Turning aside objections from gun owners, legal experts and nine state attorneys general, a federal judge has given final approval to a landmark class action settlement involving some 7.5 million allegedly defective Remington guns.
The ruling allows the owners of some of Remington's most popular firearms — including the iconic Model 700 rifle — to have their triggers replaced free of charge.
In 2010, CNBC investigated allegations that for decades Remington covered up a deadly design defect that allows the guns to fire without the trigger being pulled. To this day, Remington denies the allegations and maintains the guns are safe. The company said it was settling the case to avoid protracted litigation.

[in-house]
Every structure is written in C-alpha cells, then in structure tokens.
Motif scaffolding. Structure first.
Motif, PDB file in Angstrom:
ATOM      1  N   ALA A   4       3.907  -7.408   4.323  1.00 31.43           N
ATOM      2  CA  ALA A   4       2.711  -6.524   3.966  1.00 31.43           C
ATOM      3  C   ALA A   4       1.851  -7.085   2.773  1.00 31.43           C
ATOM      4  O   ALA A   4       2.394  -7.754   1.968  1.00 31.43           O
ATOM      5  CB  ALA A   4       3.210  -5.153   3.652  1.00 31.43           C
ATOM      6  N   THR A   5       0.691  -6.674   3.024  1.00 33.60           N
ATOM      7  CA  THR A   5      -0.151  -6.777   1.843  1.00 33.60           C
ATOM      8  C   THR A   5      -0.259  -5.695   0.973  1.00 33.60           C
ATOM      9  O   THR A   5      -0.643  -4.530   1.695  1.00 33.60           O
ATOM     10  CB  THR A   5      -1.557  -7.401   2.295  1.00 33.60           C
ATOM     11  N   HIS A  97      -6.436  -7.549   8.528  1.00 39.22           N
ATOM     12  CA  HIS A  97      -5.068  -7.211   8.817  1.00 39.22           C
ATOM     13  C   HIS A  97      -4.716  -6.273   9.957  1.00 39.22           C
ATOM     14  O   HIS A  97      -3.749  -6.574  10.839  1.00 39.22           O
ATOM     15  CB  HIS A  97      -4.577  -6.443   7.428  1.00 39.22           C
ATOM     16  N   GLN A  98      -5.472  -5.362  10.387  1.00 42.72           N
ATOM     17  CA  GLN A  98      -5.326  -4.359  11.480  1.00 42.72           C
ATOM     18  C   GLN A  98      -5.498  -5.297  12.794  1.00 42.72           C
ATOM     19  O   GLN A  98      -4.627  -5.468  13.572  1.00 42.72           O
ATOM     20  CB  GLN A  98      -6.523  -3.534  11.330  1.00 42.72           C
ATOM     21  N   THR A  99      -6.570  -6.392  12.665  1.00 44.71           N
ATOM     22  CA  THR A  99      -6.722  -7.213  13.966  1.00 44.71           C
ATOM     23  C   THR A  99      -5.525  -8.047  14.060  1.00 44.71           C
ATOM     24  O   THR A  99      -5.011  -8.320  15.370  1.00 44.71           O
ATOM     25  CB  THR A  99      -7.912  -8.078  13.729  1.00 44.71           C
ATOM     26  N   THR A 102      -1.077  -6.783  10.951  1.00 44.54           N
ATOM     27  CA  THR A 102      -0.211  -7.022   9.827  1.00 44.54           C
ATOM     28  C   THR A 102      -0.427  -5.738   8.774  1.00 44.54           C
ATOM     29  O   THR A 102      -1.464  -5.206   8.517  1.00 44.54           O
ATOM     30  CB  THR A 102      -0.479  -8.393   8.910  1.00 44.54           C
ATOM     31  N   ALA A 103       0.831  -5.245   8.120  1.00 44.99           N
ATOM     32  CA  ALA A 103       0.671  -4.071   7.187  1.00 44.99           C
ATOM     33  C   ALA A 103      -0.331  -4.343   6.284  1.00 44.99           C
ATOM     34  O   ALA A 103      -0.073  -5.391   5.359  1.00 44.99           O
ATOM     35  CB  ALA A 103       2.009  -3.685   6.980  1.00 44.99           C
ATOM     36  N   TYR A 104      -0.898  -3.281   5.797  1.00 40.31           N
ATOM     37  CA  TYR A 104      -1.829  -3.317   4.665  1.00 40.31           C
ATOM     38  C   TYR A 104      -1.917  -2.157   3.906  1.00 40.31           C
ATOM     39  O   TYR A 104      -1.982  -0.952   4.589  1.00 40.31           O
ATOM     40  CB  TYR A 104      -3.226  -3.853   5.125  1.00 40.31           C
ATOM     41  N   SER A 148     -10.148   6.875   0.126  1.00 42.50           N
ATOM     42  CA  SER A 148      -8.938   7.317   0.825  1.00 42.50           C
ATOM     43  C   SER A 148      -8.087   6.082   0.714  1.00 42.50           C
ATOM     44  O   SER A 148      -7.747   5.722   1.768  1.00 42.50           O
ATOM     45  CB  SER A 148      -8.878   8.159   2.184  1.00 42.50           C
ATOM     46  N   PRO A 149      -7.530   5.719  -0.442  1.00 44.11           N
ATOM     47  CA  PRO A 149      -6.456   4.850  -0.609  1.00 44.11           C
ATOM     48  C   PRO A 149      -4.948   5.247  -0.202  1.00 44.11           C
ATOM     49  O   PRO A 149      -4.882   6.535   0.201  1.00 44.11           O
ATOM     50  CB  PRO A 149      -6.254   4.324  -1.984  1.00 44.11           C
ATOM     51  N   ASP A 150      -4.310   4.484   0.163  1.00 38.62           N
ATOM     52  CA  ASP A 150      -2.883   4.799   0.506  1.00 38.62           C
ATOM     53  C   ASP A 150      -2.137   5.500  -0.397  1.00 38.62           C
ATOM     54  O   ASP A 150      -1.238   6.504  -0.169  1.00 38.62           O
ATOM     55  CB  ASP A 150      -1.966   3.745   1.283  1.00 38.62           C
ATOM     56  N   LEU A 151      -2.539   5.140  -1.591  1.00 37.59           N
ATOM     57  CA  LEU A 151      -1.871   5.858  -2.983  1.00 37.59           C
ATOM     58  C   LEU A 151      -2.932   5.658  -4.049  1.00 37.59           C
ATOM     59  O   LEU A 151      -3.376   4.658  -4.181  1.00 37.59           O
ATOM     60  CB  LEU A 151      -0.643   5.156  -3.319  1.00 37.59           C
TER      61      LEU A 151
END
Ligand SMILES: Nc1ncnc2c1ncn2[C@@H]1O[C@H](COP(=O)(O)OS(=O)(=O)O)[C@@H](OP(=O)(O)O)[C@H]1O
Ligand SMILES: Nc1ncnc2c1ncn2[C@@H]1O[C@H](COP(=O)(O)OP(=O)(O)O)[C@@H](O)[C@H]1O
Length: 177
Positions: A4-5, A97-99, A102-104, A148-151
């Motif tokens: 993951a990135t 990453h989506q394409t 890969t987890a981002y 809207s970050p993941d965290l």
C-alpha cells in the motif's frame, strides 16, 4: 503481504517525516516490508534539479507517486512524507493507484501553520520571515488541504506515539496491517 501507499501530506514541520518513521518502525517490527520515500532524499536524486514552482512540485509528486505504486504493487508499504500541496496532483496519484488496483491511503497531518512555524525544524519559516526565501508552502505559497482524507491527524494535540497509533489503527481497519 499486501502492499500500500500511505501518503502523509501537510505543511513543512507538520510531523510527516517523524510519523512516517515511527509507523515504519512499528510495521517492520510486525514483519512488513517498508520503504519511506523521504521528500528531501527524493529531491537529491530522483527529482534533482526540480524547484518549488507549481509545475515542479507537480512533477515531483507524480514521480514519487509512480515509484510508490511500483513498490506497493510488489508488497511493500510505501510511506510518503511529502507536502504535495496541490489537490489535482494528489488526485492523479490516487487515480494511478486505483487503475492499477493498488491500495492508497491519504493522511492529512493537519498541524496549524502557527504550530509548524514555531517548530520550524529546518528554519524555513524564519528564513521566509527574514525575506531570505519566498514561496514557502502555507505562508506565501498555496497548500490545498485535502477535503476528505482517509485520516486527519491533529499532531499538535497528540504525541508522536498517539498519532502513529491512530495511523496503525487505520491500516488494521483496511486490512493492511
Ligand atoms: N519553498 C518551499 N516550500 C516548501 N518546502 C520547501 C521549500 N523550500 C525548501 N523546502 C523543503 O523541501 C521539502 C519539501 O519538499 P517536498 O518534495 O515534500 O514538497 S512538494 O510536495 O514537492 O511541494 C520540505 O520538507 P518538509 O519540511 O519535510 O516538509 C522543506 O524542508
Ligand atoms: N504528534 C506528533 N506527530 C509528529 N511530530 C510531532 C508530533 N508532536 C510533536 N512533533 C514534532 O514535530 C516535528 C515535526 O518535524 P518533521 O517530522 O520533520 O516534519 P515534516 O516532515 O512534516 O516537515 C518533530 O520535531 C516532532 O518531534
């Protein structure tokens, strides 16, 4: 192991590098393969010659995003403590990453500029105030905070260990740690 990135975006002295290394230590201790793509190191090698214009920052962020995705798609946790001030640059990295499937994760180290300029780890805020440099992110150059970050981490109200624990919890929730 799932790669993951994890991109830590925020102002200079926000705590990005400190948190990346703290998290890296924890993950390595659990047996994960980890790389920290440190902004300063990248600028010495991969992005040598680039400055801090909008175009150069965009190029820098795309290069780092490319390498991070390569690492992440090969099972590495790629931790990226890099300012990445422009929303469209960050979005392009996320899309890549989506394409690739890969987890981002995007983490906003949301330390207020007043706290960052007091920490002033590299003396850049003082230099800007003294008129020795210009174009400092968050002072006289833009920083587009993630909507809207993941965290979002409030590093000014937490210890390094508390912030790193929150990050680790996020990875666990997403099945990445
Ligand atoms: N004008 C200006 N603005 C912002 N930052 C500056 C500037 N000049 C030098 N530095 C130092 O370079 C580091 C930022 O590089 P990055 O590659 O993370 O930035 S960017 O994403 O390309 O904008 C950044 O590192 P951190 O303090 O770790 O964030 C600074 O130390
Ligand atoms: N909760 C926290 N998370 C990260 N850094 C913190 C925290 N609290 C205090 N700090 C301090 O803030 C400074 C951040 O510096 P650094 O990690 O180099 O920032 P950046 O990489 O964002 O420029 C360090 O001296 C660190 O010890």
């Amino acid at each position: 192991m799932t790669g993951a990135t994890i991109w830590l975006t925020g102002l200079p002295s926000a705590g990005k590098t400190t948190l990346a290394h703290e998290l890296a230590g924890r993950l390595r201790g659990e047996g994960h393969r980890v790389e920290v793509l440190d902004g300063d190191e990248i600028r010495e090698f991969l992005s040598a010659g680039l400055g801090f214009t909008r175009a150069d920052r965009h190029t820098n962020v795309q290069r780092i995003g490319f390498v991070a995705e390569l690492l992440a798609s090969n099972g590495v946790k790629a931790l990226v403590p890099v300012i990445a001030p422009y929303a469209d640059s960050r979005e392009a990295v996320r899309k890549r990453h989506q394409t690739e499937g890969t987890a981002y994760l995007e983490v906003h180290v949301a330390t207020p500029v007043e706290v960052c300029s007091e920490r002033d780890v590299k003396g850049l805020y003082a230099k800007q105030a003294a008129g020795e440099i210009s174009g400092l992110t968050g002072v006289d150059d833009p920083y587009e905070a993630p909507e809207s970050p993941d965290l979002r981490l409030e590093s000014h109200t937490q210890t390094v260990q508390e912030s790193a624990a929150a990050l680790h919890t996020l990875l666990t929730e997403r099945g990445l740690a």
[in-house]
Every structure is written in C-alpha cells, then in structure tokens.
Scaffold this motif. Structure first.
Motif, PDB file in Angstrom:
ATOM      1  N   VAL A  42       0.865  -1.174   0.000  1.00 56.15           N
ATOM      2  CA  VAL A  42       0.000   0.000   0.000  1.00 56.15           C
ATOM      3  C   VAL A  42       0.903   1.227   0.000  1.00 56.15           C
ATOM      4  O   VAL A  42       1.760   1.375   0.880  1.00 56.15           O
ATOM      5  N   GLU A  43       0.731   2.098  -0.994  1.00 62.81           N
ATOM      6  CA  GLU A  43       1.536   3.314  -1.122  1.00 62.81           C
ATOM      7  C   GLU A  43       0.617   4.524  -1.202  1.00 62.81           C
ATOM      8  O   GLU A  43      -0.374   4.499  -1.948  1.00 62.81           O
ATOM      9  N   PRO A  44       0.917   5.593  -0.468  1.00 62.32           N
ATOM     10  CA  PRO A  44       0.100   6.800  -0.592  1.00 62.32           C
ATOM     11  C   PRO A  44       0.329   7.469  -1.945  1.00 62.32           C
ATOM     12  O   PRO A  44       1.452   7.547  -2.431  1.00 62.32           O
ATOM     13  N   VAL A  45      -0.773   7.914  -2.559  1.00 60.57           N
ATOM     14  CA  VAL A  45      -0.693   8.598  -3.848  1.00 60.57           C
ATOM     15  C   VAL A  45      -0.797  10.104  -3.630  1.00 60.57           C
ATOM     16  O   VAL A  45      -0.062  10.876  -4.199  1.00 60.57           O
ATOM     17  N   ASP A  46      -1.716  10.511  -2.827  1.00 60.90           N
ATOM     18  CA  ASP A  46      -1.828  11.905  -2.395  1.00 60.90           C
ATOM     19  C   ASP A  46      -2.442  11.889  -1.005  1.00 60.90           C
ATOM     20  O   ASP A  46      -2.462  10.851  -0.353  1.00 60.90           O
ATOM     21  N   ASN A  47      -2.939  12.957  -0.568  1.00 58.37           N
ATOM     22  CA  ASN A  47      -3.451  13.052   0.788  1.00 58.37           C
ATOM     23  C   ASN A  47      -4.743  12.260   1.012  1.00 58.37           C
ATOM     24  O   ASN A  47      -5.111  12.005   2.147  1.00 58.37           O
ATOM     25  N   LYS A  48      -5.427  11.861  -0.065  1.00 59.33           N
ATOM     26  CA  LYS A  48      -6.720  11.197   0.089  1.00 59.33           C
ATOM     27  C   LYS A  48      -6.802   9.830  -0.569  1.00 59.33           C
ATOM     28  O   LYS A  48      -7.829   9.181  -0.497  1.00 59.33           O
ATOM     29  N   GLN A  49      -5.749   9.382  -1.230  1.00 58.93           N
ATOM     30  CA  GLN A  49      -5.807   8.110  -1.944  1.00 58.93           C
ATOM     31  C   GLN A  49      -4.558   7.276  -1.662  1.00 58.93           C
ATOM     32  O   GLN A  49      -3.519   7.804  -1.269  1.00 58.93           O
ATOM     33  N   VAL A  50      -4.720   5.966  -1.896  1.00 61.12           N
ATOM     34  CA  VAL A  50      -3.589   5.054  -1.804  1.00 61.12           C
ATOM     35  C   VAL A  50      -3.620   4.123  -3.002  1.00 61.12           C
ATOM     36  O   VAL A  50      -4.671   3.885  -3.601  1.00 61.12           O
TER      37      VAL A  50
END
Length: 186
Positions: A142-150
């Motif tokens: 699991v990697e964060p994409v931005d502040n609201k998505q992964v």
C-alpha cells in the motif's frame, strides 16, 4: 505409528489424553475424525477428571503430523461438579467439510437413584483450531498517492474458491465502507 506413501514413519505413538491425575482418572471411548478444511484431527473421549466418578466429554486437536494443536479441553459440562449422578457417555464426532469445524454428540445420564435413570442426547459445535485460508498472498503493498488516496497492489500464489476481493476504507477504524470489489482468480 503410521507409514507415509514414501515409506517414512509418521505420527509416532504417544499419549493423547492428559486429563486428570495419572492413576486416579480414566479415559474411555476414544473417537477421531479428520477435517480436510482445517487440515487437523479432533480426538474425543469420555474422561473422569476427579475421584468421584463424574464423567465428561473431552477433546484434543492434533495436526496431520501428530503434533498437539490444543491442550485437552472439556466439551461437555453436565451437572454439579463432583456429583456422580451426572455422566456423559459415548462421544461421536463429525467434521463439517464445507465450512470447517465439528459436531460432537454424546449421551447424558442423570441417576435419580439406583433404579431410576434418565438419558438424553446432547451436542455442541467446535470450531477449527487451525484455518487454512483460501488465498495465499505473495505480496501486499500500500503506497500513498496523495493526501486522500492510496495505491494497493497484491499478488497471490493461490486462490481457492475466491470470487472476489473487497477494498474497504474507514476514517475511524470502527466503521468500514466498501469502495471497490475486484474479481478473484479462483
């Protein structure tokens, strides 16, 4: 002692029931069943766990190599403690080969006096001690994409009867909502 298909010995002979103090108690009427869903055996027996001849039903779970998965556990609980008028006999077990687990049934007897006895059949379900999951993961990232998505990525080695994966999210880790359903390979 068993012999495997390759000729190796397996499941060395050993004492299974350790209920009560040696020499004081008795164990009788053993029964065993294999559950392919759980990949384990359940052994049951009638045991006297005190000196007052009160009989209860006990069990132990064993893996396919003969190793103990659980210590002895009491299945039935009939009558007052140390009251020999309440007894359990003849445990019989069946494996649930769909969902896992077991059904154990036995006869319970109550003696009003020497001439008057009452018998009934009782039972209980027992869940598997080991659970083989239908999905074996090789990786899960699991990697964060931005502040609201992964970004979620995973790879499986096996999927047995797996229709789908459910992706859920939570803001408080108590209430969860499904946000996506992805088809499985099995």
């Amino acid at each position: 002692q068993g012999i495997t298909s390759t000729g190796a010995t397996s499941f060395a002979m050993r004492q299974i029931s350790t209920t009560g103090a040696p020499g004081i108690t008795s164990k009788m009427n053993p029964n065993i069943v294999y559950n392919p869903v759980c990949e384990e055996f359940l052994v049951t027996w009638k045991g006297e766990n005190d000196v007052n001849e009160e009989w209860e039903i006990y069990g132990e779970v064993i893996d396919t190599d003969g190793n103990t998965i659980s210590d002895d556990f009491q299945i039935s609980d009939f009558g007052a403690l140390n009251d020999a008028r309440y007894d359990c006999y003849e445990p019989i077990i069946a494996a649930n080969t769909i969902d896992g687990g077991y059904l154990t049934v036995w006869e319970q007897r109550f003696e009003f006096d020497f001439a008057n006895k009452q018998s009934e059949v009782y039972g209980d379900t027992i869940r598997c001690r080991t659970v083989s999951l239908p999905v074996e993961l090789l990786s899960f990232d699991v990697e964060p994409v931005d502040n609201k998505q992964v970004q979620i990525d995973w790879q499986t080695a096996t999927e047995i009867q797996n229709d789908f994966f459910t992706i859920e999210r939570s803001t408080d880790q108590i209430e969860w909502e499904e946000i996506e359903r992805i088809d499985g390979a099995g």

Critics of the settlement alleged Remington deliberately downplayed the risks in order to suppress claims in the settlement, and that plaintiffs attorneys — who will now collect $12.5 million in fees — did not do enough to hold Remington's feet to the fire.
The attorneys general argued that Remington should be required to admit the guns are defective.